I recognise the importance of the site and am not dismissing it out of hand even though my last post may have indicated as such - perhaps I ought to have been clearer. Because I feel that a building such as that proposed IS what I personally would like to see on that site, it doesn't make it either an unintelligent, short-sighted or cynical as you suggest. It is my personal opinion that rather than extending the park or providing a cultural attraction we ought to have a striking piece of architecture on that site.
Yes, a fact - only a certain number of people will be able to live there and yes, it is in a highly sensitive position however there are potential supporters of the scheme out there who will think (if) built that it looks amazing. Of course we all have our own views on the development and on this forum it is abundantly clear that the sway is against the current proposal. If you want to take the view that because I believe the issue is not as far-reaching as you would think is a sign of demeaning intelligence or acute cynicism / social myopia then you are sadly mistaken. I just happen to disagree with the majority of people on this forum on the current proposal and support the idea of a scheme such as this on this site. I do take on board what Matt Weaver says about the retention of Ian Ritchie and think this is vital to the success of the development.
I fully appreciate that other people care about this site, as I do, but that we differ in our opinions on its destiny and final state. The difference between the French and the British (you speak of Paris) is that if people care enough about an issue (take this as an example) they are more than ready to demonstrate in large numbers. This right has been more widely employed in this country over recent years but from what I can gather the number of people actually openly demonstrating their opposition has, I am sure been a whimper of a reaction to an issue which from what you say deserves a roar.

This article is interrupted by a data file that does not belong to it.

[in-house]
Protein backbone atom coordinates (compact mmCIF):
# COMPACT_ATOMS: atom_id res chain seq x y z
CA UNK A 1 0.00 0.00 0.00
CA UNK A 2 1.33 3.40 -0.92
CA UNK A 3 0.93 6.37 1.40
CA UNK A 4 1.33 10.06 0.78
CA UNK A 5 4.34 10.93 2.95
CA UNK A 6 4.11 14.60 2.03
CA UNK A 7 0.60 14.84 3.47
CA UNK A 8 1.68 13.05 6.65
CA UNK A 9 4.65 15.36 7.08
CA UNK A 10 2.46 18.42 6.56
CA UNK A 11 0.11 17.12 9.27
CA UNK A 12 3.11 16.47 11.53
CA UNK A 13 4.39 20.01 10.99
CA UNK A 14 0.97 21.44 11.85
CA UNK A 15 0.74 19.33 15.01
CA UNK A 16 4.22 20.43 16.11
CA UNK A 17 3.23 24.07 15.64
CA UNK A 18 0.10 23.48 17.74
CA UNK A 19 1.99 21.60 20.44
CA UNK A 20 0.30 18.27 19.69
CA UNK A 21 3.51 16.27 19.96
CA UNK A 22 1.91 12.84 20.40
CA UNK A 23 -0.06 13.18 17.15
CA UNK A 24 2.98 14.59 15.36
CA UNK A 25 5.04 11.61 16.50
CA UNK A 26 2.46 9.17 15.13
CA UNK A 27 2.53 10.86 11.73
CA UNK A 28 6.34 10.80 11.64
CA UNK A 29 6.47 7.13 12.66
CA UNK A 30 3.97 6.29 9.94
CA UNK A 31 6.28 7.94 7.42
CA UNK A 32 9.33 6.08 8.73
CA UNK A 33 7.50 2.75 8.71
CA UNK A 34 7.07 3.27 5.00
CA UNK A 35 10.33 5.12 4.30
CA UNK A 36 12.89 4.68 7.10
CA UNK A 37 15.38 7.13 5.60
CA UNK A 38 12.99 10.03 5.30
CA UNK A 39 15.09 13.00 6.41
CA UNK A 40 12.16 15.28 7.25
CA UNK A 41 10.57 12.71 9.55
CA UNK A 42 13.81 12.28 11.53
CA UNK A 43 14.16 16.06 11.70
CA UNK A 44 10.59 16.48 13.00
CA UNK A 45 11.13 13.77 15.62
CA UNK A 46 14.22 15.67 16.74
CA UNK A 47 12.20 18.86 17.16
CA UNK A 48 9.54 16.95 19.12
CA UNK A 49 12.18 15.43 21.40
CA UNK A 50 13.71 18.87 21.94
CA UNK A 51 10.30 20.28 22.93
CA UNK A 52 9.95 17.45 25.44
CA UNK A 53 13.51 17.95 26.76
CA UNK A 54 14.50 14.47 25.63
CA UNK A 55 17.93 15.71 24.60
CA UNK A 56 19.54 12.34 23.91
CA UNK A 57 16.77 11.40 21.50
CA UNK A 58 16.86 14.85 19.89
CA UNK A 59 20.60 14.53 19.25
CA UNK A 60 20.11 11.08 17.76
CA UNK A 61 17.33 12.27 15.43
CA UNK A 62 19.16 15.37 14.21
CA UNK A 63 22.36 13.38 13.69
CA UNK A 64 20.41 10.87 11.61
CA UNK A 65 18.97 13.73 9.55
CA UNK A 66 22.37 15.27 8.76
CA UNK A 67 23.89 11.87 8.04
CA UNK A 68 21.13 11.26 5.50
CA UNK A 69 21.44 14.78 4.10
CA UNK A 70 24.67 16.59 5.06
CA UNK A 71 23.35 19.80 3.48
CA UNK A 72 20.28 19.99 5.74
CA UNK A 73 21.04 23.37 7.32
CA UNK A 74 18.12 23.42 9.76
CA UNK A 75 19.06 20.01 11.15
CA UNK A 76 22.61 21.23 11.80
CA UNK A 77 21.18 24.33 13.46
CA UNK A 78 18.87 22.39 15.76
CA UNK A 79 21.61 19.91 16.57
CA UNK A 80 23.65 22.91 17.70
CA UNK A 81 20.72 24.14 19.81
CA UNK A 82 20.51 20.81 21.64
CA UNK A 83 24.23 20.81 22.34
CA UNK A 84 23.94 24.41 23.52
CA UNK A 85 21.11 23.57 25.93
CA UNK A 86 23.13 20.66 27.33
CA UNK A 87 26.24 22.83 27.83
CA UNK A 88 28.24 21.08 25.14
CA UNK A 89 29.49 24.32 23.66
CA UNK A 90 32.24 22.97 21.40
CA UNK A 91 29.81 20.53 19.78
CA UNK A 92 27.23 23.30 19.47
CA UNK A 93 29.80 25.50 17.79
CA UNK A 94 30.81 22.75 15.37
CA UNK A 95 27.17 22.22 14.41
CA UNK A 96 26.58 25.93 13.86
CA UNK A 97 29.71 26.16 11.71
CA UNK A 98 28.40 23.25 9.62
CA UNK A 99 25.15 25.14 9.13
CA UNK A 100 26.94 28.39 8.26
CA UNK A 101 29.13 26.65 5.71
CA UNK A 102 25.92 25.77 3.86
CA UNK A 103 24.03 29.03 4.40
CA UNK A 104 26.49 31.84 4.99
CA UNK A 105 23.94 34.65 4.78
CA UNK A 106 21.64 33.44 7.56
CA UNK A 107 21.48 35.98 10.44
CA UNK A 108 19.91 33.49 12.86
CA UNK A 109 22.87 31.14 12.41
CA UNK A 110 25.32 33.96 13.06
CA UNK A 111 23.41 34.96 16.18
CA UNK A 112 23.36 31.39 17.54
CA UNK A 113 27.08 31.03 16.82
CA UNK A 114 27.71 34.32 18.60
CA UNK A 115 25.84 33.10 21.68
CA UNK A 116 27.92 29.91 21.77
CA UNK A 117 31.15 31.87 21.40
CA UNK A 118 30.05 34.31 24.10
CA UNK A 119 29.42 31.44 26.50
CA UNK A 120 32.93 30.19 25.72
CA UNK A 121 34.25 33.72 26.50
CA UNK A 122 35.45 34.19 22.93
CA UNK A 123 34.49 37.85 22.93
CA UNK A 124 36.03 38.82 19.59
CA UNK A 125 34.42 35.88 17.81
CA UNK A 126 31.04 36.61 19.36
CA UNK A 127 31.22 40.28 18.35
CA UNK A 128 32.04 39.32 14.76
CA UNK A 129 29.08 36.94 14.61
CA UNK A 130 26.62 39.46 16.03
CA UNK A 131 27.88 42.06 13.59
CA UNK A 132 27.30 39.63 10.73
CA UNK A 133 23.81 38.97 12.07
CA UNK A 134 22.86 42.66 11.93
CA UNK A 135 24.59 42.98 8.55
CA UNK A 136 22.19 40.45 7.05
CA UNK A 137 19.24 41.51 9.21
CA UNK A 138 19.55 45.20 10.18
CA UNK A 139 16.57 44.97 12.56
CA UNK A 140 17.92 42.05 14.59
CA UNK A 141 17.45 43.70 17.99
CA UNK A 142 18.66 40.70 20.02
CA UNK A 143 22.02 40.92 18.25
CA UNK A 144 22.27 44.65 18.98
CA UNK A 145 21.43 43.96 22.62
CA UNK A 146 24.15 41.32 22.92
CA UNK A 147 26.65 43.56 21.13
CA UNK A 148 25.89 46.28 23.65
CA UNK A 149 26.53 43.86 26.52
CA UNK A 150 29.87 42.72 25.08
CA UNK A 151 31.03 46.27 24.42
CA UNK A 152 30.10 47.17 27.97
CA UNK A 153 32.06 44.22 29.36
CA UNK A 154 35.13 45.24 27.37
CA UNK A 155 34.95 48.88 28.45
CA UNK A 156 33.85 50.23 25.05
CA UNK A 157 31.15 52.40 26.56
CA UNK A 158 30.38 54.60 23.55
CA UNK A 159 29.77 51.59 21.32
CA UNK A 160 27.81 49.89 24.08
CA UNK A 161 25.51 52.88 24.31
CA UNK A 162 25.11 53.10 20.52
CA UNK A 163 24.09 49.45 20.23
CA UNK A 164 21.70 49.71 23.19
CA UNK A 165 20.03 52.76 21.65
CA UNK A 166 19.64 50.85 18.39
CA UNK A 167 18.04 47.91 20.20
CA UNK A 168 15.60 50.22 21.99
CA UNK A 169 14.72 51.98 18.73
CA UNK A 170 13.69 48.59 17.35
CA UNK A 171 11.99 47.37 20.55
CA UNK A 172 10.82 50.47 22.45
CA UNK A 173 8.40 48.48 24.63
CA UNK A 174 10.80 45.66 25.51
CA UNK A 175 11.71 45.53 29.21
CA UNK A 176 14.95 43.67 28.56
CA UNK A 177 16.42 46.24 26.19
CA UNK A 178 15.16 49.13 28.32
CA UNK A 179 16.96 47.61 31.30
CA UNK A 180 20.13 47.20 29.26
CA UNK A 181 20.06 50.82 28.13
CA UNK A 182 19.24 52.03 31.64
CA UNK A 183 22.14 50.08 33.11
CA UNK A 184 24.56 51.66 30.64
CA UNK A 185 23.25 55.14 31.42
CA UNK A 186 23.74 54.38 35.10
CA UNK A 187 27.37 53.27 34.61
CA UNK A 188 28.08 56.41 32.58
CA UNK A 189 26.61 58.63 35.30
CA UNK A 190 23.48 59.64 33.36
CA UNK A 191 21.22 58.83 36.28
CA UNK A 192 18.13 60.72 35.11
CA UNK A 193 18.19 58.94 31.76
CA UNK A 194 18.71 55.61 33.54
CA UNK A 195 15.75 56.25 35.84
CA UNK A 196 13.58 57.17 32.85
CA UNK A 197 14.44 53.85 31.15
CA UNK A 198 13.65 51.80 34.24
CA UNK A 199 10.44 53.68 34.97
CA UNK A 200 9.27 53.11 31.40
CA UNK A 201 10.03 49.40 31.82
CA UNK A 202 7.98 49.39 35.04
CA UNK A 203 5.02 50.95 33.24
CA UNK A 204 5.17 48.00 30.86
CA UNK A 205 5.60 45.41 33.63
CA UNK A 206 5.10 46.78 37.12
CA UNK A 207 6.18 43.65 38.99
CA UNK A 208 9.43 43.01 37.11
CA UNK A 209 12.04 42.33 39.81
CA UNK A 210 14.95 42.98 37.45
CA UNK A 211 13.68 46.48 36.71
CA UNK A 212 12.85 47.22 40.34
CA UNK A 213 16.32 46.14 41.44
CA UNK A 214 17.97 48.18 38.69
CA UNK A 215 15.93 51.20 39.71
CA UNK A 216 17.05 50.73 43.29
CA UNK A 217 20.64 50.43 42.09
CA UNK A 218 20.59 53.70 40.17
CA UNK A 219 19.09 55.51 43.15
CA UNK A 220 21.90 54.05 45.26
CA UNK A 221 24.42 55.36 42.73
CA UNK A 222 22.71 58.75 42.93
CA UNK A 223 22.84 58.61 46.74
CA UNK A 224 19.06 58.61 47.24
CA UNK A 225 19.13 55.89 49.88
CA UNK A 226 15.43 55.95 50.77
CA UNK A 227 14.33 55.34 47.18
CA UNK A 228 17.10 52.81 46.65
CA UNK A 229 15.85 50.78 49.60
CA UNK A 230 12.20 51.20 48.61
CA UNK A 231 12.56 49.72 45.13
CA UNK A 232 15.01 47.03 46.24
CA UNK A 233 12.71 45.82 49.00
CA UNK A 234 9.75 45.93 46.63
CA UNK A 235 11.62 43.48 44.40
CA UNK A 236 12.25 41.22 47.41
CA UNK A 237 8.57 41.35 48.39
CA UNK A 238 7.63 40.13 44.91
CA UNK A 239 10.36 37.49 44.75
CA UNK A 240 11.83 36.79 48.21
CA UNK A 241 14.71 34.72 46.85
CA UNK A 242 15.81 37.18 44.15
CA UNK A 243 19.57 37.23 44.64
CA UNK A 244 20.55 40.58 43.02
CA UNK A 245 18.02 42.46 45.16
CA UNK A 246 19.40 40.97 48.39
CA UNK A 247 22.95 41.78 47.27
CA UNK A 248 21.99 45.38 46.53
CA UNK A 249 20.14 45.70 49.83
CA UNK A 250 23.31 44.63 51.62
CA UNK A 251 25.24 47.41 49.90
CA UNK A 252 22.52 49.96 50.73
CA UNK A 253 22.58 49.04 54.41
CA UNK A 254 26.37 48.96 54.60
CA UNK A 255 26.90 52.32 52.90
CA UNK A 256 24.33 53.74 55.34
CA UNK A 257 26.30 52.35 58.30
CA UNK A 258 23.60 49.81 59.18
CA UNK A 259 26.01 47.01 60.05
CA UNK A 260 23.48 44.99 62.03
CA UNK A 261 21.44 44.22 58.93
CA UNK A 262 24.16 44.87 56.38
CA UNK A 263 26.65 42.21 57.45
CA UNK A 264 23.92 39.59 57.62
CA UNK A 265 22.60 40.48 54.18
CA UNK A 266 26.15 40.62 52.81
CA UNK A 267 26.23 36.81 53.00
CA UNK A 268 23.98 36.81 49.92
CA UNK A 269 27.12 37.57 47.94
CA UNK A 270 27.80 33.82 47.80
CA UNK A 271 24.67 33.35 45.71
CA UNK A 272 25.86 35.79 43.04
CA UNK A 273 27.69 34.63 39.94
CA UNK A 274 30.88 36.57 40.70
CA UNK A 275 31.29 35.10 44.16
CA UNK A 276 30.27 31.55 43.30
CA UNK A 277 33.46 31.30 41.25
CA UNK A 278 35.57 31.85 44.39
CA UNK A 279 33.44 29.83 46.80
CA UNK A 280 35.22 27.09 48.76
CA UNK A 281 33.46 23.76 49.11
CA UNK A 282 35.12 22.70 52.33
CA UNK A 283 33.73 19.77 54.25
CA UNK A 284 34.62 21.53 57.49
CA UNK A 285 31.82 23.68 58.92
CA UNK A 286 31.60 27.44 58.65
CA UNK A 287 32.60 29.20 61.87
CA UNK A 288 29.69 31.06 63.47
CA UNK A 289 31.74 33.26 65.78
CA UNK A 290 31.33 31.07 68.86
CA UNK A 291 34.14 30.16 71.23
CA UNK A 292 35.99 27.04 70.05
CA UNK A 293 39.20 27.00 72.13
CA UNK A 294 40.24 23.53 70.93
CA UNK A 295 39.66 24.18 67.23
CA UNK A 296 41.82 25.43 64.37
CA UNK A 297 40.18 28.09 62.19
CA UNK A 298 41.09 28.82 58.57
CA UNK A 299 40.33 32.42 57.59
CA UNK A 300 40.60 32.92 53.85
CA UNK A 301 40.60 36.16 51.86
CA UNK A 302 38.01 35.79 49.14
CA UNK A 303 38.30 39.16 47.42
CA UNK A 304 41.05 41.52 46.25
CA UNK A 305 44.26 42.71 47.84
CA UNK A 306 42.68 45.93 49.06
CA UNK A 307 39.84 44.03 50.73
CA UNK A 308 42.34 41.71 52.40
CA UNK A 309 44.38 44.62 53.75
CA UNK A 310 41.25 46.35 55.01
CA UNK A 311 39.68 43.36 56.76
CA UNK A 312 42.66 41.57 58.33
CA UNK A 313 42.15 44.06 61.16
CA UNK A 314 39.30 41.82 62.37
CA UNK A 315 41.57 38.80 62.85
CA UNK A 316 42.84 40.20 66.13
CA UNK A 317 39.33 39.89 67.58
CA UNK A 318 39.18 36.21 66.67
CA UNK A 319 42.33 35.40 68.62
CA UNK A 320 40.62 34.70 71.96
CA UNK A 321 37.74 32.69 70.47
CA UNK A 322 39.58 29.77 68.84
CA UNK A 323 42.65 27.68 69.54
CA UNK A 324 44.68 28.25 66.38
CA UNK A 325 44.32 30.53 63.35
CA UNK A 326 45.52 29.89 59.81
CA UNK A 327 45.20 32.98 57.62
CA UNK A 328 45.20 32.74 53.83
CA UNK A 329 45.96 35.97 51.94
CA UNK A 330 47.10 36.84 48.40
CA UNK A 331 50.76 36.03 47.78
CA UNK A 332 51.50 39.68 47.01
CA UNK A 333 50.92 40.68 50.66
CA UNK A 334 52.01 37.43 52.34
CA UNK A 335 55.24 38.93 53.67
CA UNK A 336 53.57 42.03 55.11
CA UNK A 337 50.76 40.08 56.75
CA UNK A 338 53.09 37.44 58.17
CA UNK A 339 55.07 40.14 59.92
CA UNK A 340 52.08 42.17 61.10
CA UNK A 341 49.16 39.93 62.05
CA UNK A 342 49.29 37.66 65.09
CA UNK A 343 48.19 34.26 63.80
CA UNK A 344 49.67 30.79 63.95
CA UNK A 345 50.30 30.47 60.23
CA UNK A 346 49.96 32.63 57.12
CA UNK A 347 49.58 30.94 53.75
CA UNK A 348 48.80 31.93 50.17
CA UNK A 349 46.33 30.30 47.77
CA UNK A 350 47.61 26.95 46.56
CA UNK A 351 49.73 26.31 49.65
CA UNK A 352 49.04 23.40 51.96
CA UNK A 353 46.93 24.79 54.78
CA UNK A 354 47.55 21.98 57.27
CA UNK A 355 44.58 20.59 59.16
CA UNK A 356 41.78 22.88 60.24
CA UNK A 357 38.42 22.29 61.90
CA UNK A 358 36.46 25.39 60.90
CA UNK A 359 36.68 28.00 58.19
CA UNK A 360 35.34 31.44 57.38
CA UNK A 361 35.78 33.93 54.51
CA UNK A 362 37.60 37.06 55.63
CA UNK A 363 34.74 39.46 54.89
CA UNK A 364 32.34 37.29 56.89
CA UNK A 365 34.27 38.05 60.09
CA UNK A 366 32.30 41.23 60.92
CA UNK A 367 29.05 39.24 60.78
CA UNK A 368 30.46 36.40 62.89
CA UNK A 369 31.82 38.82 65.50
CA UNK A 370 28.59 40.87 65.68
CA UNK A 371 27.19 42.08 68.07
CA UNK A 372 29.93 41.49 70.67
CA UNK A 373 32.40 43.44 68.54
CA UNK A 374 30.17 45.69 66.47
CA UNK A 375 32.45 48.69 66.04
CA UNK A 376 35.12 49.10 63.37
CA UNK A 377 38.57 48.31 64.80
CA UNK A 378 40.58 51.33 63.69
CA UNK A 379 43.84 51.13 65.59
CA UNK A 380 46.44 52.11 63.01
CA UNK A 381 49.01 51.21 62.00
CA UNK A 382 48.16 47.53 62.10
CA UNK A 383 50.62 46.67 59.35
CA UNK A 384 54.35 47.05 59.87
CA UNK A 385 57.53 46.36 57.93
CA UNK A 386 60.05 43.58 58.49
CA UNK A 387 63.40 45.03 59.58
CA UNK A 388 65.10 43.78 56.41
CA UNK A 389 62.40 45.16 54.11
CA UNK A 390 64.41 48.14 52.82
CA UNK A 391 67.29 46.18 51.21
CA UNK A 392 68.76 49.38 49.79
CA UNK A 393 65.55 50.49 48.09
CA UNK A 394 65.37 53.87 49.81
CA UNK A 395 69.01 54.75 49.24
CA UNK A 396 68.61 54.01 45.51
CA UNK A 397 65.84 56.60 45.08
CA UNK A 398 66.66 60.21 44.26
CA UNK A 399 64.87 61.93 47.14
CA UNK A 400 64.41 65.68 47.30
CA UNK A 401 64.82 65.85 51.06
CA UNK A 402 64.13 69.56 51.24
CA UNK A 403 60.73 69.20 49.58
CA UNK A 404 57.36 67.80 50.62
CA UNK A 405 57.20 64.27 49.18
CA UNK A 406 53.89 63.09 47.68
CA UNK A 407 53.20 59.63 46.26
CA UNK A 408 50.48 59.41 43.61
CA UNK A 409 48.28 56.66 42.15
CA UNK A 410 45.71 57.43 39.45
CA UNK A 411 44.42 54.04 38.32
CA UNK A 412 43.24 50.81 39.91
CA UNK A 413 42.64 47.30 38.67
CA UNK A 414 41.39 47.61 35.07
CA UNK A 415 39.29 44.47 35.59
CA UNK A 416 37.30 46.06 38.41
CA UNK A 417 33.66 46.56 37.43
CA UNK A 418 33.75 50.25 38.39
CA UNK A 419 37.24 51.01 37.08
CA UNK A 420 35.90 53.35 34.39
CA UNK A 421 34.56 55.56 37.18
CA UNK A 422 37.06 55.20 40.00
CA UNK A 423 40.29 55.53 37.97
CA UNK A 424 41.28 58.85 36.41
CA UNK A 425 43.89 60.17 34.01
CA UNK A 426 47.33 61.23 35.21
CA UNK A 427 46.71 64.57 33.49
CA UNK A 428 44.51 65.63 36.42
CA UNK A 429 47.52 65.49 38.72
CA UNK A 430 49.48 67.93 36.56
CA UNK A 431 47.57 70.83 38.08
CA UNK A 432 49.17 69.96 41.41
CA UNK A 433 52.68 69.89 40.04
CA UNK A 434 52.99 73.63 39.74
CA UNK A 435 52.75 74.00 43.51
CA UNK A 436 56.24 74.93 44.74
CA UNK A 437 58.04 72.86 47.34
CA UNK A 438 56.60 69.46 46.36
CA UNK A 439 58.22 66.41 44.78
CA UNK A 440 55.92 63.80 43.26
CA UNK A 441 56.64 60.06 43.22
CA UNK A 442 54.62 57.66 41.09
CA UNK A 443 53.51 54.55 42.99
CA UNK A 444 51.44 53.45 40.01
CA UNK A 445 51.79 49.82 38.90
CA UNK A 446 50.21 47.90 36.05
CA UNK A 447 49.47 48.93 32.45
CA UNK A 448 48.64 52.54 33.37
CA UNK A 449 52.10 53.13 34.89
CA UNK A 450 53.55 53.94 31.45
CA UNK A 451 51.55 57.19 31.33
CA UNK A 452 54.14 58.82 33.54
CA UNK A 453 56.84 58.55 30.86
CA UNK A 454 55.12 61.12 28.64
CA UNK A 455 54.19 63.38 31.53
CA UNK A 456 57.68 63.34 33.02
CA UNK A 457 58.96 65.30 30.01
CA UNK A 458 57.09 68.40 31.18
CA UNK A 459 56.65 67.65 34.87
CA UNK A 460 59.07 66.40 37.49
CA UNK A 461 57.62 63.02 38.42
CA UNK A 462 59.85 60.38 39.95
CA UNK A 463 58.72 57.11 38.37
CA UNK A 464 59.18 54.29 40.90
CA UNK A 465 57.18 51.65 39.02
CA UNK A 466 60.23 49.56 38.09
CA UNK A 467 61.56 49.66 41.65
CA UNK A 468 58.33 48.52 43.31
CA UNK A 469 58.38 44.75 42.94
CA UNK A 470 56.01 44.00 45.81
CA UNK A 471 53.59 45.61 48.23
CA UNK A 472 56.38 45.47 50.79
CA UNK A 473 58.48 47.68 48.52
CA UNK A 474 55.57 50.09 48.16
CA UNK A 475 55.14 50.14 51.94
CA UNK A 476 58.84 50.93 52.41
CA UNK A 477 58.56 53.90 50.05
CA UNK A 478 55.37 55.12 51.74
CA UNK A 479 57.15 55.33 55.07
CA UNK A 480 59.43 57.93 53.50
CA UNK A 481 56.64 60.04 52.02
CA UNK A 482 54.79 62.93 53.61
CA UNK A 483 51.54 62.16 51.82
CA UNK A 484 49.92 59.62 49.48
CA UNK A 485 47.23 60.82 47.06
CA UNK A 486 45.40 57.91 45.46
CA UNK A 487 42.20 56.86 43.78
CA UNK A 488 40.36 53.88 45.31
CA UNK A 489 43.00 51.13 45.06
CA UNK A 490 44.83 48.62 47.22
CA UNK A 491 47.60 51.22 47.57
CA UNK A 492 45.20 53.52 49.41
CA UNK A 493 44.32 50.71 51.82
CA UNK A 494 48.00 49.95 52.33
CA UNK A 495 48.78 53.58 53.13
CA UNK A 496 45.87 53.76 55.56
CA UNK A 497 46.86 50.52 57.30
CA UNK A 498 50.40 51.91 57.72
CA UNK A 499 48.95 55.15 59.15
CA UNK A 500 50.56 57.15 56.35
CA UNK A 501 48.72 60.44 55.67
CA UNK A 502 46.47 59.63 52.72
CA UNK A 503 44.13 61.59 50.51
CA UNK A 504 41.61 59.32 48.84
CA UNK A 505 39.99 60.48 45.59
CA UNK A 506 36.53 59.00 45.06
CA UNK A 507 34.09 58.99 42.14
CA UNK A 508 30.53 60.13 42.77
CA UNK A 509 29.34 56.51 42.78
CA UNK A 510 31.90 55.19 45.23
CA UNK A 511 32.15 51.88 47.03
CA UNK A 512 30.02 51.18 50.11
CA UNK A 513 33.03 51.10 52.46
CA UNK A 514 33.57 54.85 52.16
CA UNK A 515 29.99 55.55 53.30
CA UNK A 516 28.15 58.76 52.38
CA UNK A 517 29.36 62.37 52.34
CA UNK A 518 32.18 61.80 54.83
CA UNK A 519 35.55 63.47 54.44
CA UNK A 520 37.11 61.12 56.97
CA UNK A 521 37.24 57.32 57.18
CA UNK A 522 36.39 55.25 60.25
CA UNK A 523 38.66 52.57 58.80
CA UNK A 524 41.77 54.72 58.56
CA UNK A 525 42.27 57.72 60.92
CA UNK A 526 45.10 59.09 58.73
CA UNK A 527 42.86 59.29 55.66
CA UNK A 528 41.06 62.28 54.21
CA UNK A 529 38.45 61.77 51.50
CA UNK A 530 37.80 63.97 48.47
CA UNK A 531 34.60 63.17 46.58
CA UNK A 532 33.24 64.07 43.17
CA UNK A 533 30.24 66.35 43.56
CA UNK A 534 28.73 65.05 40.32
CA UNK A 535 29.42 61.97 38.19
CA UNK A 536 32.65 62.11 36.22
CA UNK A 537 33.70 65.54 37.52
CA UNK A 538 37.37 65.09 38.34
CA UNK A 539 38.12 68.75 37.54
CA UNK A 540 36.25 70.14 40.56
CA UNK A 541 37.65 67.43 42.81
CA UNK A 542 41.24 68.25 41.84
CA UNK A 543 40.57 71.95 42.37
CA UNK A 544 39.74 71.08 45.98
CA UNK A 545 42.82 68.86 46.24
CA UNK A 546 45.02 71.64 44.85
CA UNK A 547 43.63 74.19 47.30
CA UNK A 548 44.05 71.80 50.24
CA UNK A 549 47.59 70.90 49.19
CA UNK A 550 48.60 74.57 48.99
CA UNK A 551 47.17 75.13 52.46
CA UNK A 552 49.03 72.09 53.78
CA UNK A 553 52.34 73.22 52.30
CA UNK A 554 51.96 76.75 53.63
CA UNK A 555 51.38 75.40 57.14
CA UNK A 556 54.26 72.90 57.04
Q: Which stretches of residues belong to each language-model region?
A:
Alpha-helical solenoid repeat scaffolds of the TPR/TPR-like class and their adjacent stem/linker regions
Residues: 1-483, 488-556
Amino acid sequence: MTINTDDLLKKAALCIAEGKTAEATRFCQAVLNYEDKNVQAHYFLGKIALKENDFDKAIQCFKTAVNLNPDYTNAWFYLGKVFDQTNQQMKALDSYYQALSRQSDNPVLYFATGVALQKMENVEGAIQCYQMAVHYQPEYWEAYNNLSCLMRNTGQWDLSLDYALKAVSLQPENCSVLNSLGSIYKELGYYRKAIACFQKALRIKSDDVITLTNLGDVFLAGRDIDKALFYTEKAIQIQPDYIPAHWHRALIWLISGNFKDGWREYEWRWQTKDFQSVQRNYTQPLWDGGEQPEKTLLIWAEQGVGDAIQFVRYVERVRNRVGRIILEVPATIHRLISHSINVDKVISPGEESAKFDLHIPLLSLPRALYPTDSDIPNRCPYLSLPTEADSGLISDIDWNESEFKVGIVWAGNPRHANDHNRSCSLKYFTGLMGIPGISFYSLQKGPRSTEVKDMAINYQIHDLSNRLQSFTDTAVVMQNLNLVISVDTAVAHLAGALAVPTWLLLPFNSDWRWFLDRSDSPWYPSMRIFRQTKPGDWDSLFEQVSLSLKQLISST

I apologise if I misunderstood your earlier post - I wouldn't wish to suggest that an opinion in favour of some striking building was in itself short-sighted. However, that posting did come across as being rather dismissive of the site's importance and a rather knee-jerk reaction to what another contributor had written, just because it was that particular contributor.
As for large numbers of people turning out to demonstrate their opposition to a proposal, I think that may hinge on whether people feel it will actually have an effect. It's been my experience that, bar one particular example I participated in, demonstrating popular resistance to a proposal that has either significant corporate or governmental support is not desperately likely to result in the outcome they desire - at least in this country. I can't think of too many planning inquiries where even significant residential turnout, with sound cases and good witnesses have resulted in the rejection of a proposed application. Manchester Airport and Heathrow Terminal 5 spring to mind, as does the 'Tate Tower' case. Is it any wonder then that people don't feel much urge to take a day off work and turn up at the inquiry? It is a lot easier to elect a committee of residents and delegate them to represent their views, which is what I understand has been happening in this case.